July 24 (Bloomberg) -- Bombardier Inc., struggling with the development of its centerpiece CSeries jetliner, will slash about 1,800 jobs from its aerospace business and split the unit into three in a move to cut costs and improve operations.
The division will be carved up into business aircraft, commercial aircraft and aerostructures units, according to a statement from Bombardier yesterday. Leaders of those segments and the rail operations will report to Chief Executive Officer Pierre Beaudoin. As a result of the reorganization, Guy Hachey, head of the aerospace business, will retire.
Bombardier’s dismissals represent about 4.8 percent of the unit’s workforce as of the end of 2013, said Isabelle Rondeau, a spokeswoman. They follow the elimination of 1,700 positions disclosed in January, after Bombardier announced the fourth postponement for the commercial debut of the CSeries, the Montreal-based company’s biggest-ever model.
“Something’s wrong with the commercial competitiveness of this company,” said Richard Aboulafia, an aerospace analyst with Fairfax, Virginia-based Teal Group. “They need to cut costs to fix that. Whether it will be successful I don’t know. Because of the CSeries, there’s not a lot of margin for error.”
Hachey, 59, joined Bombardier in 2008 after a career in the automobile industry. He oversaw Bombardier’s challenge to the smallest models from Boeing Co. and Airbus Group NV, an effort that soured as delays, rising costs and scant interest from major airlines made the CSeries a tough sell.
“The financial performance and the execution of our aerospace group weren’t consistent with our expectations, and that’s why we made a change,” Rondeau said in a telephone interview. She said it was too early to project the savings from job cuts, which will target functions such as finance, human resources and communications that are unrelated to production.
Bombardier’s widely traded Class B shares fell 1.1 percent to C$3.70 at the close of trading in Toronto.
The moves could yield annual savings of $135 million to $180 million, Fadi Chamoun, an analyst at BMO Capital Markets, said in a note yesterday. The reorganization, which Bombardier said will be in place Jan. 1, has “the potential to reduce bureaucracy, streamline decision making, increase accountability and improve ‘firefighting’ response time within the firm,” said Chamoun, who rates the stock the equivalent of hold.
Bombardier will probably book severance costs and provisions in connection with the cutbacks before the end of the year, Konark Gupta, an analyst at Macquarie Capital Markets in Toronto, said today in a note to clients. He rates the shares outperform.
The company may provide more details about the restructuring when it reports second-quarter earnings July 31, said Benoit Poirier, a Desjardins Capital Markets analyst in Montreal.
“The timing of the announcement creates uncertainties regarding these changes ahead of second-quarter results,” Poirier said today in a note to clients. “Management could be forced to streamline its indirect positions in order to reallocate those resources to production.”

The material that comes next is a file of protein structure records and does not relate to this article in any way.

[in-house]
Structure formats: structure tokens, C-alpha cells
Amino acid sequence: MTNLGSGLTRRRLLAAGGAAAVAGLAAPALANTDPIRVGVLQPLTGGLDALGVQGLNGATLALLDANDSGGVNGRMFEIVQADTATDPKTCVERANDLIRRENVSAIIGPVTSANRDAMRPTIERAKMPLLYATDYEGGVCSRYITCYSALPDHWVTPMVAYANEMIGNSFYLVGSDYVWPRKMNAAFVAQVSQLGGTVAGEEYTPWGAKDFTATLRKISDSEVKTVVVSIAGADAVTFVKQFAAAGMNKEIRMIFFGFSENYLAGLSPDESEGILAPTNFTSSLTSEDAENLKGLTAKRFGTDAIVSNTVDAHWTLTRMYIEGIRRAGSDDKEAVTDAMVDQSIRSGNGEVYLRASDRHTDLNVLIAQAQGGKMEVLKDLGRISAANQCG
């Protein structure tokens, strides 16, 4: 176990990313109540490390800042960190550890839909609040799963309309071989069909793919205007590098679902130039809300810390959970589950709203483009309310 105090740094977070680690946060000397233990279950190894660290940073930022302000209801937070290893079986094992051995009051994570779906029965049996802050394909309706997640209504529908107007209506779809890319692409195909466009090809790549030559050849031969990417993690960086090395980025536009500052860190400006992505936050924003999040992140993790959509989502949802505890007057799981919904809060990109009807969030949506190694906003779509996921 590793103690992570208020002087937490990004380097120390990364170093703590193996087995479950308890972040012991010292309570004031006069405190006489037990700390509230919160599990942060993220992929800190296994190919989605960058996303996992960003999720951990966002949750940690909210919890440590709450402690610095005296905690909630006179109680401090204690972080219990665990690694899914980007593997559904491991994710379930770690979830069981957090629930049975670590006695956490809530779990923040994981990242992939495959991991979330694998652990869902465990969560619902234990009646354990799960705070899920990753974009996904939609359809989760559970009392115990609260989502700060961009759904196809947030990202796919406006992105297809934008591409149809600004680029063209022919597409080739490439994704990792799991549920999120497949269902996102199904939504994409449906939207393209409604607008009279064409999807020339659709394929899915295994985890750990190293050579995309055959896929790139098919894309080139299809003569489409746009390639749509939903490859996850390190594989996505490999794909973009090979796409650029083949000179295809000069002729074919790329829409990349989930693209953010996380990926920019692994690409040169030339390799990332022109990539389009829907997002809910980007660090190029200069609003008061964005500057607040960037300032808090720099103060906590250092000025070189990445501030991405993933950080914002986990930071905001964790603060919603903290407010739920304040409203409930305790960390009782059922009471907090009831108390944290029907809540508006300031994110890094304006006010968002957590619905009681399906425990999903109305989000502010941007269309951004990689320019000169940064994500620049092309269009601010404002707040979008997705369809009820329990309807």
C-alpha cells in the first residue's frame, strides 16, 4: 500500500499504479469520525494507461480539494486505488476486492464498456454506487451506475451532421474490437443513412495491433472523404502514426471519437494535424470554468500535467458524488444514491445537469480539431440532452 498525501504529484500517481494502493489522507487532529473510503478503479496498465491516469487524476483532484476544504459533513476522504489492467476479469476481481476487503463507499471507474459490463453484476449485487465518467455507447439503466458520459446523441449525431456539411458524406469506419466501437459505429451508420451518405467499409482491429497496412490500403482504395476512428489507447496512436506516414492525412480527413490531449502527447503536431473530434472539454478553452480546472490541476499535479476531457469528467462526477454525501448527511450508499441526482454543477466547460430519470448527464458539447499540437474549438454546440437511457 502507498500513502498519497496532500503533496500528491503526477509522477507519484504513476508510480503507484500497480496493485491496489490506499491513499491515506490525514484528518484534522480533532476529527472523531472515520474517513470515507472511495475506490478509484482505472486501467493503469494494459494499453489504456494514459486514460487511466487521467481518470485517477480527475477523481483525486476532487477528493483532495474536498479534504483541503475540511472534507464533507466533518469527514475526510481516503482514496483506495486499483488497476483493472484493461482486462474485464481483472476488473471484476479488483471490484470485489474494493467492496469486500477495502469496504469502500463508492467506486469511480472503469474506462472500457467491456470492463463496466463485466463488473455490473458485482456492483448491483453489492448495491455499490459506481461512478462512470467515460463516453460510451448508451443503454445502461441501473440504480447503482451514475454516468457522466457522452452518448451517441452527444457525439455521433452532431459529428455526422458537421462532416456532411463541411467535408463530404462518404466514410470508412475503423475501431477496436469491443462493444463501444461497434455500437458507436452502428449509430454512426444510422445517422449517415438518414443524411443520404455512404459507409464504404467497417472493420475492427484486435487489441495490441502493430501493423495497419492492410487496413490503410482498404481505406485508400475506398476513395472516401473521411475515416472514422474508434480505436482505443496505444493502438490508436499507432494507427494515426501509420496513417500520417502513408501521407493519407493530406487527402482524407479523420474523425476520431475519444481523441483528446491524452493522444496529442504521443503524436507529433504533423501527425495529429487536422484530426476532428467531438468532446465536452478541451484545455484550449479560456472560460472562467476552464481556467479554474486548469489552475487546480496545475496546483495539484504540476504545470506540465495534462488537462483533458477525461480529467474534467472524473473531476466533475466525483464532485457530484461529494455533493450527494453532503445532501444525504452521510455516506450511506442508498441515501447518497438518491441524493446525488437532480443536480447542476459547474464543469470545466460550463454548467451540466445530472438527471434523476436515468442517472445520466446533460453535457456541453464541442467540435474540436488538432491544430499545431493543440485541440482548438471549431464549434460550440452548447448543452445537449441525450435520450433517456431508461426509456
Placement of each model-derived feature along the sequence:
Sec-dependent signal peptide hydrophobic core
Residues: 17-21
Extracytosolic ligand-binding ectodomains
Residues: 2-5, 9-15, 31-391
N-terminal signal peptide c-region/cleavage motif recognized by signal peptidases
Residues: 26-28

Mike Arcamone will continue to lead the commercial aircraft division while Eric Martel remains head of the business jet unit. An executive will be hired to run the newly created aerostructures and engineering services business “in the next few weeks,” Bombardier said.
“This is a bell-ringer for the management team,” Nicholas Heymann, an analyst at William Blair & Co. in New York, said in a telephone interview. “This is the board speaking to Pierre Beaudoin, saying ‘Your ability to execute is not as strong as it should be.’ They need to stop offering targets that have to be deferred.”
Chief Financial Officer Pierre Alary projected in February that development costs for the CSeries had climbed to $4.4 billion, about $1 billion more than initially estimated for the aircraft intended to be the centerpiece of the company’s aviation sales growth.
With 203 firm CSeries orders through last week, Bombardier is still short of a goal of about 300 by the time the jet is in service, now set to be in 2015’s second half. The CSeries is designed to seat 108 to 160 people, a step up in size from Bombardier’s signature regional jets.
Bombardier replaced its chief salesman for the CSeries, Chet Fuller, at the end of 2013 with Raymond Jones, who had served as a vice president of the company’s business aircraft unit for a decade.
In February, Bombardier lowered its profit targets for 2014, and the 20 percent drop for the Class B shares this year is the second-biggest among Canadian industrial stocks. The CSeries test fleet has been grounded since May after an engine fire.
“It’s exactly the kinds of problems you get with a new program,” said Aboulafia. “Except that the company behind it doesn’t have the deep pockets you associate with a large aerospace company bringing a brand new large jet program to market.”
The aerospace unit hasn’t just had to contend with delays on the CSeries. The Learjet 85, a new business aircraft with a composite fuselage under development since 2007, missed a target to enter service in 2013 and didn’t make its first flight until April. Bombardier hasn’t set a date for the initial delivery.
“They need flawless execution,” William Blair’s Heymann said. “If they fail to execute and introduce new products on a timely basis, not only will the investments they made -- which have been very substantial -- be diminished, but it could ultimately end up with Bombardier being in a situation where they are either marginalized or absorbed by somebody else.”
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